Case in point - today. In an editorial about the recent earthquake in Chile and why the damage was so more severe in Haiti than in Chile, the Tribune-Review's editorial board makes two contradictory statements and gives no clue that they even see the contradiction.
As bad as it was, the massive earthquake that struck Chile early Saturday, one of the largest anywhere in centuries, could have been worse. And for two reasons.And now the second:
The first has to do with the mechanics of the 8.8 magnitude temblor. Despite being 500 times as powerful as the devastating quake that hit Haiti, this quake was centered deep offshore. Had it been land-centered and shallower, the damage and death toll would have been far greater.
That said, the South American nation also featured building codes designed for such events in a region prone to earthquakes. Haiti knows few such safeguards.[emphasis added]
"With a market-oriented economy, per-capita income in Chile is more than 10 times higher than per-capita income in Haiti," reminds Donald J. Boudreaux, the chairman of George Mason University's economics department and a regular Trib columnist.Can I ask where Scaife's braintrust thinks do those "building codes" come from? Do they even read from one paragraph to the next?
"One result is that Chileans demand and can afford better-constructed buildings -- buildings designed by more-skilled architects, made of stronger materials, and erected (and maintained) by better-trained and more highly specialized workers."
As Professor Boudreaux sees it, Chile's relatively low death toll isn't necessarily thanks to what its politicians do but what they don't do -- "meddle excessively in the market." [emphasis added]
The most offensive part, however, is the last paragraph of the editorial:Did they really write that? In an editorial comparing and contrasting the earthquake preparedness of Chile and Haiti, they end by shaming those who choose to ignore history?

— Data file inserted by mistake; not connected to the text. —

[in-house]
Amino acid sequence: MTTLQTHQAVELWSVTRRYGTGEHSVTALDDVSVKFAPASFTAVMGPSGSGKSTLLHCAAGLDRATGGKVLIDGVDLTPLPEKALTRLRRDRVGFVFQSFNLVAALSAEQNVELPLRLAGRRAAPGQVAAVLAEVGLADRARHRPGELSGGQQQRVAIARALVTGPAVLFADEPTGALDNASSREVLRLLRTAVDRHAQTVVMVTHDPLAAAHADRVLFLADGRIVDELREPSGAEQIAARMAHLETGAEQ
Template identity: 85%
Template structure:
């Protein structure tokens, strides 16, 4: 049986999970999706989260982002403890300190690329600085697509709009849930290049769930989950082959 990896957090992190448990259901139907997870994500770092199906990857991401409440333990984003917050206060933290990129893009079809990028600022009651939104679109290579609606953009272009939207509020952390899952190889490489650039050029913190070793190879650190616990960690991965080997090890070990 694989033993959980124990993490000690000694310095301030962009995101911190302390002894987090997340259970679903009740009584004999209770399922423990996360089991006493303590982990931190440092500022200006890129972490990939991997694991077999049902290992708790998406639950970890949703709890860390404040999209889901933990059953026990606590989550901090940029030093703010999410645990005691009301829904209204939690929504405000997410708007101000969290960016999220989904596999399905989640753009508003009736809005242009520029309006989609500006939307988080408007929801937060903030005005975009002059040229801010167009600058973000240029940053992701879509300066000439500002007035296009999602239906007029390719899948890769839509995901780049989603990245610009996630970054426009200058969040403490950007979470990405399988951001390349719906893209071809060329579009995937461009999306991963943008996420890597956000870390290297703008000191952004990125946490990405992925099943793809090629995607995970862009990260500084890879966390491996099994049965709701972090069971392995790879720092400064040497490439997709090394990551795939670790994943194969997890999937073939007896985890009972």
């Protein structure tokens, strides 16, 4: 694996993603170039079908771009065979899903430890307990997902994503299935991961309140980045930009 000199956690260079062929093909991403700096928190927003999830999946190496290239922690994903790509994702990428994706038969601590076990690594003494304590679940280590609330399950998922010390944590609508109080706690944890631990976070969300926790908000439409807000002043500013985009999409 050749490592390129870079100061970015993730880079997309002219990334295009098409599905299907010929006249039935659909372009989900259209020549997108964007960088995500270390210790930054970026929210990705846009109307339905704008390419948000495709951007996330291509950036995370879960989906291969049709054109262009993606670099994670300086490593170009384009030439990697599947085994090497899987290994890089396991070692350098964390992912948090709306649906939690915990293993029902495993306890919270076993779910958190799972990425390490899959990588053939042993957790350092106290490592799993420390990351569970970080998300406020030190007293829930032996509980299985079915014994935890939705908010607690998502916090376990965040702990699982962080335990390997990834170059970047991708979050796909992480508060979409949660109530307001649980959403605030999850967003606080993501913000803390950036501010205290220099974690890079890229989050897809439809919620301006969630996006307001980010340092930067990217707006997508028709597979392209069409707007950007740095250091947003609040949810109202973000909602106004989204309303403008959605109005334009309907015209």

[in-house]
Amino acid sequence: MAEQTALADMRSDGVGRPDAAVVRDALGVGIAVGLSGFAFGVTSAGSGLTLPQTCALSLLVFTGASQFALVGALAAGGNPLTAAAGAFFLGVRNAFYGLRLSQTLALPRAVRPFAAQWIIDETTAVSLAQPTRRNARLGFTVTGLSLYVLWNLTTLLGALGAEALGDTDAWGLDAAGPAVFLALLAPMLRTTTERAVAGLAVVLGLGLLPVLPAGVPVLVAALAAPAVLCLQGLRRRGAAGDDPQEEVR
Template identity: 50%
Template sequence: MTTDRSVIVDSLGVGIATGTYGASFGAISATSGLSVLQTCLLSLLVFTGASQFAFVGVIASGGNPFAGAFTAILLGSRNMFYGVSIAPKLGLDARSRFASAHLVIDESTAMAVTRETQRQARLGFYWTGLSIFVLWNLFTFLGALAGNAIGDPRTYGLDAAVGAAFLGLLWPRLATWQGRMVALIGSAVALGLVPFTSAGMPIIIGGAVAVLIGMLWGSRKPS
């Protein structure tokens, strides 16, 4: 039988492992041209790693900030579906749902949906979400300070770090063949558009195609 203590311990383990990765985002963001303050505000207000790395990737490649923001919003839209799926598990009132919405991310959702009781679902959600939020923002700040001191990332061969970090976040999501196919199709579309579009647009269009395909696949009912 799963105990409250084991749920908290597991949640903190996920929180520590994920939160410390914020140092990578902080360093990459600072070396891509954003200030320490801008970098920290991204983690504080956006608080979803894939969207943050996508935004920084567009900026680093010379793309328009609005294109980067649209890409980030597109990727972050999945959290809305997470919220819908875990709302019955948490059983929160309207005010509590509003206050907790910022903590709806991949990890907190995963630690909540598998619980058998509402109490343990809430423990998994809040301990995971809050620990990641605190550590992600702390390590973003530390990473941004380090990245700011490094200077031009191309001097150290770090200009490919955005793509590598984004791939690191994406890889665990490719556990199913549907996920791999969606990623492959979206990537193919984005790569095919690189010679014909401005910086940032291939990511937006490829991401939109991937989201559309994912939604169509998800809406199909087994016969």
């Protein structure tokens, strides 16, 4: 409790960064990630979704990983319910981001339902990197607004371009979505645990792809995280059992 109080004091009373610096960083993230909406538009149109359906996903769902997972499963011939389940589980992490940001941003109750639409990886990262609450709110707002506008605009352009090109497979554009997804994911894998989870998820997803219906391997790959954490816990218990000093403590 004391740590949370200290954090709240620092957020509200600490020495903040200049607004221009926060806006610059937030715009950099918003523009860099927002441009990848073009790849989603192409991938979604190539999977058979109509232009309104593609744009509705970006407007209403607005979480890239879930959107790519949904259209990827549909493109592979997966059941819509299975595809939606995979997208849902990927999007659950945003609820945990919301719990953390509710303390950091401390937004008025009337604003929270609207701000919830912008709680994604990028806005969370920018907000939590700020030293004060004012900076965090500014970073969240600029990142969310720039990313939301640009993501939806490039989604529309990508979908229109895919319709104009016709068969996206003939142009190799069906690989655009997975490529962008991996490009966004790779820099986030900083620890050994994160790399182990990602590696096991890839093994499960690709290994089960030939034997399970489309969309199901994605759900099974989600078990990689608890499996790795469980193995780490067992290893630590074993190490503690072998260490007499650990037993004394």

History is a wonderful teacher. What shame too many choose to continually ignore it.
It all makes complete sense now: The problem in Haiti was that they chose not to have good building codes and their politicians meddled excessively in the market. That's what brought about 200,000 deaths.
A far more rational explanation can be found here. Some thoughts:
Chile is wealthier and infinitely better prepared, with strict building codes, robust emergency response and a long history of handling seismic catastrophes. No living Haitian had experienced a quake at home when the Jan. 12 disaster crumbled their poorly constructed buildings.And:
And Chile was relatively lucky this time.
"On a per-capita basis, Chile has more world-renowned seismologists and earthquake engineers than anywhere else," said Brian E. Tucker, president of GeoHazards International, a nonprofit organization based in Palo Alto, California.Too those Haitian's weren't as smart as those Chileans.
Their advice is heeded by the government in Latin America's wealthiest nation, getting built not just into architects' blueprints and building codes but also into government contingency planning.
My guess is that since Scaife's braintrust doesn't follow it's own editorials paragraph by paragraph, they didn't bother thinking through the disgusting ending paragraph.
Why should they? They've got teh crazie.